University of Tasmania
rodway-hymenogastraceae-1923.pdf (494.51 kB)

Tasmanian Hymenogastraceae

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posted on 2023-11-22, 08:35 authored by Leonard Rodway
In the year 1911 I had the honour of reading to the Society a paper of a similar title. Since then, there have arisen reasons for additions and alterations. Our list of these forms is now so large that there appears little prospect that new species will come to light, wherefore the present appears to be a suitable time to revise the family.
The Hymenogasters are small underground tubers which produce their spores on basidia, generally 2, sometimes 4 on each basidium. The characteristic of the family is that the gleba does not break down into a mass of spores and fibres as in allied tubers, such as Mesophellia, Scleroderma, Diploderma, Lycoperdon, and Geaster, but remains as a series of contorted tubes or spaces without change at maturity, till broken up by decay or eaten by an animal. The genus Secotium, however, is intermediate between the Hymenogasters and the Agarics. Formed underground it tends to emerge at maturity, and has a more or less developed sterile portion, often piercing through the gleba to the apex, and the tramal plates approach the appearance of distorted gills. Some plants may equally well be placed in one group or the other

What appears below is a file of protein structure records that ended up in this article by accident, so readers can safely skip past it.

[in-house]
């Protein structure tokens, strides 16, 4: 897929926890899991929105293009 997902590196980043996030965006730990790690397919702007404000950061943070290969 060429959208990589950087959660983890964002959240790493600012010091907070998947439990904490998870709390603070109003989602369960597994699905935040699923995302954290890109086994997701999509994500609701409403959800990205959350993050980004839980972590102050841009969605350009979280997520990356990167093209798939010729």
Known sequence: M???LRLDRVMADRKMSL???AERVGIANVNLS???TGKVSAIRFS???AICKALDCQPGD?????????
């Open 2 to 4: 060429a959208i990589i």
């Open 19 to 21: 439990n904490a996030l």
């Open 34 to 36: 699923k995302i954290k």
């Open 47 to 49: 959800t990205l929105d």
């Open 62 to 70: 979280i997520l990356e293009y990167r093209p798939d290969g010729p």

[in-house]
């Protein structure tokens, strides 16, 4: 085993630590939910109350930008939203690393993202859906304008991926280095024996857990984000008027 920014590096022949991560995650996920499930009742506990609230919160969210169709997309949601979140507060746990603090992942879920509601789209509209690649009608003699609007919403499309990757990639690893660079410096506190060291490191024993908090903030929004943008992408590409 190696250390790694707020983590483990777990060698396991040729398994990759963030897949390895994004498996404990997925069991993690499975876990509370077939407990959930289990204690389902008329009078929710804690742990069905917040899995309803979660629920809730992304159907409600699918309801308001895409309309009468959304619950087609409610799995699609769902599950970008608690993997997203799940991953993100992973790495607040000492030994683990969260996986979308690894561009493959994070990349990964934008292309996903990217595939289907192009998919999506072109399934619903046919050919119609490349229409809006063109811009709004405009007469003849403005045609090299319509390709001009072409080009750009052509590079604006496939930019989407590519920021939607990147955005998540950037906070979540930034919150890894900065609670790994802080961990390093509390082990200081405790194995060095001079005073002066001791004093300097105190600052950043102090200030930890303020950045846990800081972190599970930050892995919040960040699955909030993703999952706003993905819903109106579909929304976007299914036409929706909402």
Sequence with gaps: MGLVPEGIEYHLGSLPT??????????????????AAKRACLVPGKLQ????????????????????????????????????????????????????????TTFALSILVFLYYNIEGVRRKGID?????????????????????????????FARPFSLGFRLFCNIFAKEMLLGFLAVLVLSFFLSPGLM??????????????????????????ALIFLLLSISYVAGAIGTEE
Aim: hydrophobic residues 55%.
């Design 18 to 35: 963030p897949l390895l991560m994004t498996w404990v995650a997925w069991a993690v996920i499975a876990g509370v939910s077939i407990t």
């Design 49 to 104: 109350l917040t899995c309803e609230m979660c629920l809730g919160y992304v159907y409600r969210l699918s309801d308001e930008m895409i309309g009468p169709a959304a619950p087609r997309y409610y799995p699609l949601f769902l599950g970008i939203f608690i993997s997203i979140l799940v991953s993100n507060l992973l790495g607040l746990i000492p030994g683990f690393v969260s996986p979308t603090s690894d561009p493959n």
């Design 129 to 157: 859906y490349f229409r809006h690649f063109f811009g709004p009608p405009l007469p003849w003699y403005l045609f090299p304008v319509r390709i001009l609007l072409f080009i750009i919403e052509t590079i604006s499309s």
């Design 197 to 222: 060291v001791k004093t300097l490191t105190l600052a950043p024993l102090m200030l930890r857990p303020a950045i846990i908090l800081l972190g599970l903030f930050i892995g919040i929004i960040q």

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Papers & Proceedings of the Royal Society of Tasmania



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In 1843 the Horticultural and Botanical Society of Van Diemen's Land was founded and became the Royal Society of Van Diemen's Land for Horticulture, Botany, and the Advancement of Science in 1844. In 1855 its name changed to Royal Society of Tasmania for Horticulture, Botany, and the Advancement of Science. In 1911 the name was shortened to Royal Society of Tasmania..

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